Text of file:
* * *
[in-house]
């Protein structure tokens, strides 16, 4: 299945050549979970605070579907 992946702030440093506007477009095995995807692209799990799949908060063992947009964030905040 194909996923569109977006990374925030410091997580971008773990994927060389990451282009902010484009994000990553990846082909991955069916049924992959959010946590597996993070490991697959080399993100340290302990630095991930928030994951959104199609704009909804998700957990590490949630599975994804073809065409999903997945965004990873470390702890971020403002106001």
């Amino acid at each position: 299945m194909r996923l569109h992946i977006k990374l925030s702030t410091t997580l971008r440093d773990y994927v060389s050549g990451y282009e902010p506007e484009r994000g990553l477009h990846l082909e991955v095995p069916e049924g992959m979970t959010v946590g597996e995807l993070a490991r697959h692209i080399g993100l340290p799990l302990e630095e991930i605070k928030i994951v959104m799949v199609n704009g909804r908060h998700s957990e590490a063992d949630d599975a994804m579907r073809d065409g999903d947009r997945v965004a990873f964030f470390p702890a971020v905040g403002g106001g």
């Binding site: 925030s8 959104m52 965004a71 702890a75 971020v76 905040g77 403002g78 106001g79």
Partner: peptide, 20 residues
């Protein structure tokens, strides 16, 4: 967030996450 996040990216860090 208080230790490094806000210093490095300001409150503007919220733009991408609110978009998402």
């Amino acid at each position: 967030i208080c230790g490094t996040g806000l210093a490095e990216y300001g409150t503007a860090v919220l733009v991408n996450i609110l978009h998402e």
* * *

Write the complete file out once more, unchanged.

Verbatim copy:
[in-house]
């Protein structure tokens, strides 16, 4: 299945050549979970605070579907 992946702030440093506007477009095995995807692209799990799949908060063992947009964030905040 194909996923569109977006990374925030410091997580971008773990994927060389990451282009902010484009994000990553990846082909991955069916049924992959959010946590597996993070490991697959080399993100340290302990630095991930928030994951959104199609704009909804998700957990590490949630599975994804073809065409999903997945965004990873470390702890971020403002106001």
């Amino acid at each position: 299945m194909r996923l569109h992946i977006k990374l925030s702030t410091t997580l971008r440093d773990y994927v060389s050549g990451y282009e902010p506007e484009r994000g990553l477009h990846l082909e991955v095995p069916e049924g992959m979970t959010v946590g597996e995807l993070a490991r697959h692209i080399g993100l340290p799990l302990e630095e991930i605070k928030i994951v959104m799949v199609n704009g909804r908060h998700s957990e590490a063992d949630d599975a994804m579907r073809d065409g999903d947009r997945v965004a990873f964030f470390p702890a971020v905040g403002g106001g």
């Binding site: 925030s8 959104m52 965004a71 702890a75 971020v76 905040g77 403002g78 106001g79």
Partner: peptide, 20 residues
């Protein structure tokens, strides 16, 4: 967030996450 996040990216860090 208080230790490094806000210093490095300001409150503007919220733009991408609110978009998402």
């Amino acid at each position: 967030i208080c230790g490094t996040g806000l210093a490095e990216y300001g409150t503007a860090v919220l733009v991408n996450i609110l978009h998402e």